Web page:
Beckman Coulter this week introduced the multi-platform loader, or MPL, option for its Cell Lab Quanta SC bench-top flow cytometer.
According to Beckman, the MPL enables handling of a variety of plate types including 96- and 384-well plates, chilled plates, or a 24 ViCell sample cup holder. Beckman said it has also enhanced the Quanta SC software to enable easy setup and programming of the MPL. Furthermore, the company said, the MPL acts as a pipetting station, aspirating from eight sample cups on a reagent tray. Ideal applications for the MPL option include high-throughput cell-based assays and cell viability analyses in drug discovery, Beckman said.
Applied Precision this week launched two new imaging systems in its DeltaVision restoration imaging line of products: the PersonalDV and DeltaVision Core.
The PersonalDV is a smaller, more economical version of its predecessor, DeltaVision RT, and is designed for individual academic research labs and biotech startups, Applied Precision said.
DeltaVision Core is designed to address higher-end market needs for imaging cell kinetics, Applied Precision said. This system enables increased probes, multiple fields of view, expanded and faster data acquisition, and increased storage and computing capacity for high-resolution, multiplexed live-cell imaging. The DeltaVision Core is equipped to handle extensive time course experiments of more than 1,000 hours of continuous imaging.
SVision said this week that it has commenced enrollment of an early adopter program for its SVCell-Live image-analysis software.
The new live-cell module extends the capability of the core SVCell software to address time-lapse microscopy applications. SVCell-Live automatically detects and tracks cells or subcellular objects in time-lapse images, the company said. It can define an accurate boundary for the object over time for kinetic shape analysis, and can model kinetic gain or loss of fluorescence. The software can be used to characterize dynamic events and phenotypes in time-lapse, multi-channel fluorescence, phase contrast, or brightfield images.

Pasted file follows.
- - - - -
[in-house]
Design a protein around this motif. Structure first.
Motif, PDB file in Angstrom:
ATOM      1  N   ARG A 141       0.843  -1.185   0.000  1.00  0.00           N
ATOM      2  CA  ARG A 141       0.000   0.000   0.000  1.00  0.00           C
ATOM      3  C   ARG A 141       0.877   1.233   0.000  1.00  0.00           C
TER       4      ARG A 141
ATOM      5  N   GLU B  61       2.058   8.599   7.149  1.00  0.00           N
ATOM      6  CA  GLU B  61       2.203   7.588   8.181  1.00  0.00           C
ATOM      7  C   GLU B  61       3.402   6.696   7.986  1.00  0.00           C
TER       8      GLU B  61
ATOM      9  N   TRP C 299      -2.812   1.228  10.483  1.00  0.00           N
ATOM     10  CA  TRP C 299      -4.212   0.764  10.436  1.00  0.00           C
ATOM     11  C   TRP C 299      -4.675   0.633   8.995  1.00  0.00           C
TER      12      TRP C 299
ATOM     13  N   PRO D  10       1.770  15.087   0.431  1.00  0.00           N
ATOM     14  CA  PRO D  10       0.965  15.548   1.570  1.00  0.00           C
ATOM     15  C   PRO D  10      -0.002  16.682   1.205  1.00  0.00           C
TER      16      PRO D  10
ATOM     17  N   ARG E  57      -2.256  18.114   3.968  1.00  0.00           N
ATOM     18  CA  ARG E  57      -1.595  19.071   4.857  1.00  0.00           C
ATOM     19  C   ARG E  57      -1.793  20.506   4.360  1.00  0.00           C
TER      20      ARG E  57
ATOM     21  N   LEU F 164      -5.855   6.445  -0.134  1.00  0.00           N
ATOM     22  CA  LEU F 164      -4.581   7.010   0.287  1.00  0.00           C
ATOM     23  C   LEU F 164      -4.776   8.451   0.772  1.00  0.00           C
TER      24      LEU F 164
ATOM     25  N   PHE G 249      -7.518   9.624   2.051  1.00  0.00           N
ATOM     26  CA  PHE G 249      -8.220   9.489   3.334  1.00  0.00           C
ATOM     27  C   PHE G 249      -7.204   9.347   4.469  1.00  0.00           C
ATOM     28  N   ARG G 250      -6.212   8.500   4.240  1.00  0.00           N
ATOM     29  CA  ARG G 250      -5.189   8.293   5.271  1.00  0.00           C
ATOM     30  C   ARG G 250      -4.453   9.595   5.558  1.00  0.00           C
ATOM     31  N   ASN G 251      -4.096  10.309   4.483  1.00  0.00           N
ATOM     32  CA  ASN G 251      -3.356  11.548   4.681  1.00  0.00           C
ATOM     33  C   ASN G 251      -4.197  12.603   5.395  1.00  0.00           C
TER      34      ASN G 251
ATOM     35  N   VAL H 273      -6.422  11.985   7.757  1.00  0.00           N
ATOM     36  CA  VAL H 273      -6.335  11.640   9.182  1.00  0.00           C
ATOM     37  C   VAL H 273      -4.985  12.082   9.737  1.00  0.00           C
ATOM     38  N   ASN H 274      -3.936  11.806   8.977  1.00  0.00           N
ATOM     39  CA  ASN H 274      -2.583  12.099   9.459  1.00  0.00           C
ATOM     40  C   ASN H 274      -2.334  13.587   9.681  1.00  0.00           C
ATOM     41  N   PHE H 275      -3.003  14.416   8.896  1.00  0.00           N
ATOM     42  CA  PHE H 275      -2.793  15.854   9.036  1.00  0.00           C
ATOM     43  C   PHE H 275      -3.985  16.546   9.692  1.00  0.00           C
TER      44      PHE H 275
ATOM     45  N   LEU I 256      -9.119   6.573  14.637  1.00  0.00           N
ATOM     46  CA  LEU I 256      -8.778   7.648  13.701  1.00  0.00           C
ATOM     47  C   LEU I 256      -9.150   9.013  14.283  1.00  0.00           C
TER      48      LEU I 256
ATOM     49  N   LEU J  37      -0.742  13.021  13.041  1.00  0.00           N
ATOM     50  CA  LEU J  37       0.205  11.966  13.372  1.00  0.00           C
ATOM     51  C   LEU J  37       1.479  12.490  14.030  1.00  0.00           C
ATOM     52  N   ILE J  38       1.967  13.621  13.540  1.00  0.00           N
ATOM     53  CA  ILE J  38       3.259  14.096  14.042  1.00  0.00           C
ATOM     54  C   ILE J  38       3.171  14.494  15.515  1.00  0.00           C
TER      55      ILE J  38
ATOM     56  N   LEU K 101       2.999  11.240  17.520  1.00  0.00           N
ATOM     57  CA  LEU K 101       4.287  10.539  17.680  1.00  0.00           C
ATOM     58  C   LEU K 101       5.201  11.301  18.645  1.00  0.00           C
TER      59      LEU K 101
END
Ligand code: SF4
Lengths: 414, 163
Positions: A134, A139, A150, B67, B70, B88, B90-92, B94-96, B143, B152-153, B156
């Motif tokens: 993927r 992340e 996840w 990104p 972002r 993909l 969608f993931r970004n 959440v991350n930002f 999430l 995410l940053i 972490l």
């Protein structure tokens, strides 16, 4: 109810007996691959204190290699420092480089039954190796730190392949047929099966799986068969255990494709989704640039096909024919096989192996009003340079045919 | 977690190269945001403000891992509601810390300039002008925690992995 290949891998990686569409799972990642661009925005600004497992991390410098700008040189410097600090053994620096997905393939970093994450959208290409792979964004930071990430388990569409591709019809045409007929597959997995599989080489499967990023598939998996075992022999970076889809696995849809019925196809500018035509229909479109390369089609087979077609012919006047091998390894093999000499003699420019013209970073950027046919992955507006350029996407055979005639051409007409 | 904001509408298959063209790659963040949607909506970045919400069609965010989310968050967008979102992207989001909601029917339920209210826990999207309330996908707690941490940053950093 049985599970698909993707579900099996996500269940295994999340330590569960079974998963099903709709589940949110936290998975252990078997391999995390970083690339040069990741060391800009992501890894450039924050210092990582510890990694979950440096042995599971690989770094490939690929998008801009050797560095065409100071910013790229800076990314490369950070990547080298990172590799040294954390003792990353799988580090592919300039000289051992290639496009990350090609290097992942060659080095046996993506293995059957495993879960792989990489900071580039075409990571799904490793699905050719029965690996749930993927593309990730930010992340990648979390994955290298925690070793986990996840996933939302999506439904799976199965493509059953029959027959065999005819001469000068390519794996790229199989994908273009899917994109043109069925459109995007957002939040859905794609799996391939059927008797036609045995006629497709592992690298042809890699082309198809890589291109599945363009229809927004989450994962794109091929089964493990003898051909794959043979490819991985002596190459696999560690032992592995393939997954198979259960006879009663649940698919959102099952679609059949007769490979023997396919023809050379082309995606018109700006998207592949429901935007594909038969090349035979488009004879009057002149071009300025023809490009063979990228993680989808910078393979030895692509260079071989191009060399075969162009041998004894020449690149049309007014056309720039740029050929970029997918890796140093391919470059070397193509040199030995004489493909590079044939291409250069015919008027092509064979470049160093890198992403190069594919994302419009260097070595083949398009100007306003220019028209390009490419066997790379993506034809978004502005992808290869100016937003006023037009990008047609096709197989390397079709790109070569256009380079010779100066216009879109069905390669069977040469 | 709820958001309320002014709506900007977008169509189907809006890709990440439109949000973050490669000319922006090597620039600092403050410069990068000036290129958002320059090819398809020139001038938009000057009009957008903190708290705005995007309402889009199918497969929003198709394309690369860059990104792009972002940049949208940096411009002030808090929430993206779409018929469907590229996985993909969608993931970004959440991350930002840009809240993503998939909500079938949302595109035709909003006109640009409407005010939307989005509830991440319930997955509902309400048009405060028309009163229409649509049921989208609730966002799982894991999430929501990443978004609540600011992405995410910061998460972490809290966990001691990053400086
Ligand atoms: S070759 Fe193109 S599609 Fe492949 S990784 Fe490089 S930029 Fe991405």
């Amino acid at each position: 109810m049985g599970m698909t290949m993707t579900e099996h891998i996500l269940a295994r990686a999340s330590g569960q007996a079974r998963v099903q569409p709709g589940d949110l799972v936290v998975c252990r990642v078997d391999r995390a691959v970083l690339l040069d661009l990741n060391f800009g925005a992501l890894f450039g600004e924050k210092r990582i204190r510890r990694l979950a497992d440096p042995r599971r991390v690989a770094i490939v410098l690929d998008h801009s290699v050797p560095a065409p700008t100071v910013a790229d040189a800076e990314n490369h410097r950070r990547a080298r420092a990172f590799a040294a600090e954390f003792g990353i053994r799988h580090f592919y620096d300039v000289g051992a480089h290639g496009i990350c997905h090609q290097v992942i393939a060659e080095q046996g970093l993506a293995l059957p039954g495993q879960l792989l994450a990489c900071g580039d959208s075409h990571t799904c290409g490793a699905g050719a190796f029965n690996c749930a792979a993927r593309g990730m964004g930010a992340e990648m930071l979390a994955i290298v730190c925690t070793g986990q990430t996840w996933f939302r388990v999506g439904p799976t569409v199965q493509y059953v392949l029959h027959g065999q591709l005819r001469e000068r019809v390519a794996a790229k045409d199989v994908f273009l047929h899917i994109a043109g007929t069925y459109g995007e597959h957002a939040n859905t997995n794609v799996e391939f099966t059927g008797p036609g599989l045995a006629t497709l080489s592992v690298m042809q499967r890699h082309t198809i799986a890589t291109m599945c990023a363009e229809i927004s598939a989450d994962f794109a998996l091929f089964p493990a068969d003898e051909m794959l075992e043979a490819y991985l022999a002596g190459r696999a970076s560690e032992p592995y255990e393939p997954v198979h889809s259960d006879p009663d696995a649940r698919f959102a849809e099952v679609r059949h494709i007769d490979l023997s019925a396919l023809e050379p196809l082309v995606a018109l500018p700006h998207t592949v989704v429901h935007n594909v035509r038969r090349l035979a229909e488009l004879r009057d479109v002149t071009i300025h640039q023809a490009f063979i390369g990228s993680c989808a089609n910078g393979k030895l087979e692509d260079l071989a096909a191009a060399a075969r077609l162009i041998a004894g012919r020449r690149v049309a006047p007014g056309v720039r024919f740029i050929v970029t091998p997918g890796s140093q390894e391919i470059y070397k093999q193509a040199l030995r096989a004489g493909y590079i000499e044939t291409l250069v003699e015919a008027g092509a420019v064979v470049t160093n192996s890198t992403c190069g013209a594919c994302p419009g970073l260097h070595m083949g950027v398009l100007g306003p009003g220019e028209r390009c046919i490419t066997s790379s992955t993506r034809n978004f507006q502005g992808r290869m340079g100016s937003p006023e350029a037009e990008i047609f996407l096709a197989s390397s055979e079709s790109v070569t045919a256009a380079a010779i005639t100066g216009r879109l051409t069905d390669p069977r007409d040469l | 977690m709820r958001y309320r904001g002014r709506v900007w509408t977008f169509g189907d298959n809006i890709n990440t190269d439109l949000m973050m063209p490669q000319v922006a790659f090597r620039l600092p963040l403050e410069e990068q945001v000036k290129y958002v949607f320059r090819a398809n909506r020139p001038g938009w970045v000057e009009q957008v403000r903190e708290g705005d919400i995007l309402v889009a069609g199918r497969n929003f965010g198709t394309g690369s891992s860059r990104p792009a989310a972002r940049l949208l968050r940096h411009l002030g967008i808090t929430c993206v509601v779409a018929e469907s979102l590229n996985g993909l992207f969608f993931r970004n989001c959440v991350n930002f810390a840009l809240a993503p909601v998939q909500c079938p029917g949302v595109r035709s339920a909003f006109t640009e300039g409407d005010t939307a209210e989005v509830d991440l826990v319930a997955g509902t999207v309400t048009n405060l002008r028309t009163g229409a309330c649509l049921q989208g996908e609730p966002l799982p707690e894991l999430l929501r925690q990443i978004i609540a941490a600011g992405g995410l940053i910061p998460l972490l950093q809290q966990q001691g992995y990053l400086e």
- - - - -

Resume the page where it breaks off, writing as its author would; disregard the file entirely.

The early adopted program began on Dec. 10 and will run through May 31, 2007, the company said. Interested parties can find more information on the program on the company’s website.
Invitrogen has introduced iGene, an online scientific resource that allows researchers to search for experimental reagents by gene or protein.
The iGene platform joins Invitrogen’s iProtocol library and iPath bioatlas in the company’s suite of online resources. The platform integrates all known human, mouse, and rat genes and proteins into one database, and allows scientists to filter through more than 250,000 products related to their gene or protein of interest, Invitrogen said. Researchers can search using several criteria such as keyword, gene accession number, gene symbol, or batch search, and search results link to external resources at the National Center for Biotechnology Information and Invitrogen’s iPath, the company said.
Invitrogen also announced the launch of its Premo cameleon calcium sensor for imaging applications and high-throughput compound screening.
Premo is a genetically encoded fluorescent protein-based sensor for cellular calcium signal measurements. It provides a ratiometric readout at visual excitation wavelengths in the presence of calcium, and interferes minimally with cellular physiology, Invitrogen said. Pre-packaged in BacMan insect virus delivery format, the sensor is applicable to a broad range of mammalian cells, including neuronal, primary, and stem cells.